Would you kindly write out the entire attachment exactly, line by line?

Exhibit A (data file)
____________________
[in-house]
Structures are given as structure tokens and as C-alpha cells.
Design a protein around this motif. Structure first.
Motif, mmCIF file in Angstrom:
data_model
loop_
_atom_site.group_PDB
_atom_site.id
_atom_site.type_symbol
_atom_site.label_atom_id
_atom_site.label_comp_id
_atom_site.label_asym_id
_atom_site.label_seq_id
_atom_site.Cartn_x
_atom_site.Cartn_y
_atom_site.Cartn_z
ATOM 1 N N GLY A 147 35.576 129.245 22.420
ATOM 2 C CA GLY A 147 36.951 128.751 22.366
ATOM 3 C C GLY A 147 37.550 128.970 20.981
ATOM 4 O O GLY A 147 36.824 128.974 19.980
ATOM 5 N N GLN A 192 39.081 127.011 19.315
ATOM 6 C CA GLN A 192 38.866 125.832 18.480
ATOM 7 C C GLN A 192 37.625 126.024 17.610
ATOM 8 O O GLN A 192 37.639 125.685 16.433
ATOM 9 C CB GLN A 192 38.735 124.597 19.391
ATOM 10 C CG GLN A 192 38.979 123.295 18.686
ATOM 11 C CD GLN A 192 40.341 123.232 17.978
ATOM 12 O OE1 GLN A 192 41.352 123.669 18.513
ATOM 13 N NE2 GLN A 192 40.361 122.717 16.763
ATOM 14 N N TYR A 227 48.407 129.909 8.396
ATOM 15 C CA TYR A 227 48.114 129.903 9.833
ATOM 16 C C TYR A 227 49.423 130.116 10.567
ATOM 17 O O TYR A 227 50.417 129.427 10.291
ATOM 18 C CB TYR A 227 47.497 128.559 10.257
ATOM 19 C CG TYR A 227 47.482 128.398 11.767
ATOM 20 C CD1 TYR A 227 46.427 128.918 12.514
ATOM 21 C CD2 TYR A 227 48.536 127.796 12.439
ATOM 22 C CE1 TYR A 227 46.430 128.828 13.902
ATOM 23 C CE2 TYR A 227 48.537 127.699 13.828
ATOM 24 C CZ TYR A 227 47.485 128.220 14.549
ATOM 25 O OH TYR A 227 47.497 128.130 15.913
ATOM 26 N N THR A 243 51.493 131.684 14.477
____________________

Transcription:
[in-house]
Structures are given as structure tokens and as C-alpha cells.
Design a protein around this motif. Structure first.
Motif, mmCIF file in Angstrom:
data_model
loop_
_atom_site.group_PDB
_atom_site.id
_atom_site.type_symbol
_atom_site.label_atom_id
_atom_site.label_comp_id
_atom_site.label_asym_id
_atom_site.label_seq_id
_atom_site.Cartn_x
_atom_site.Cartn_y
_atom_site.Cartn_z
ATOM 1 N N GLY A 147 35.576 129.245 22.420
ATOM 2 C CA GLY A 147 36.951 128.751 22.366
ATOM 3 C C GLY A 147 37.550 128.970 20.981
ATOM 4 O O GLY A 147 36.824 128.974 19.980
ATOM 5 N N GLN A 192 39.081 127.011 19.315
ATOM 6 C CA GLN A 192 38.866 125.832 18.480
ATOM 7 C C GLN A 192 37.625 126.024 17.610
ATOM 8 O O GLN A 192 37.639 125.685 16.433
ATOM 9 C CB GLN A 192 38.735 124.597 19.391
ATOM 10 C CG GLN A 192 38.979 123.295 18.686
ATOM 11 C CD GLN A 192 40.341 123.232 17.978
ATOM 12 O OE1 GLN A 192 41.352 123.669 18.513
ATOM 13 N NE2 GLN A 192 40.361 122.717 16.763
ATOM 14 N N TYR A 227 48.407 129.909 8.396
ATOM 15 C CA TYR A 227 48.114 129.903 9.833
ATOM 16 C C TYR A 227 49.423 130.116 10.567
ATOM 17 O O TYR A 227 50.417 129.427 10.291
ATOM 18 C CB TYR A 227 47.497 128.559 10.257
ATOM 19 C CG TYR A 227 47.482 128.398 11.767
ATOM 20 C CD1 TYR A 227 46.427 128.918 12.514
ATOM 21 C CD2 TYR A 227 48.536 127.796 12.439
ATOM 22 C CE1 TYR A 227 46.430 128.828 13.902
ATOM 23 C CE2 TYR A 227 48.537 127.699 13.828
ATOM 24 C CZ TYR A 227 47.485 128.220 14.549
ATOM 25 O OH TYR A 227 47.497 128.130 15.913
ATOM 26 N N THR A 243 51.493 131.684 14.477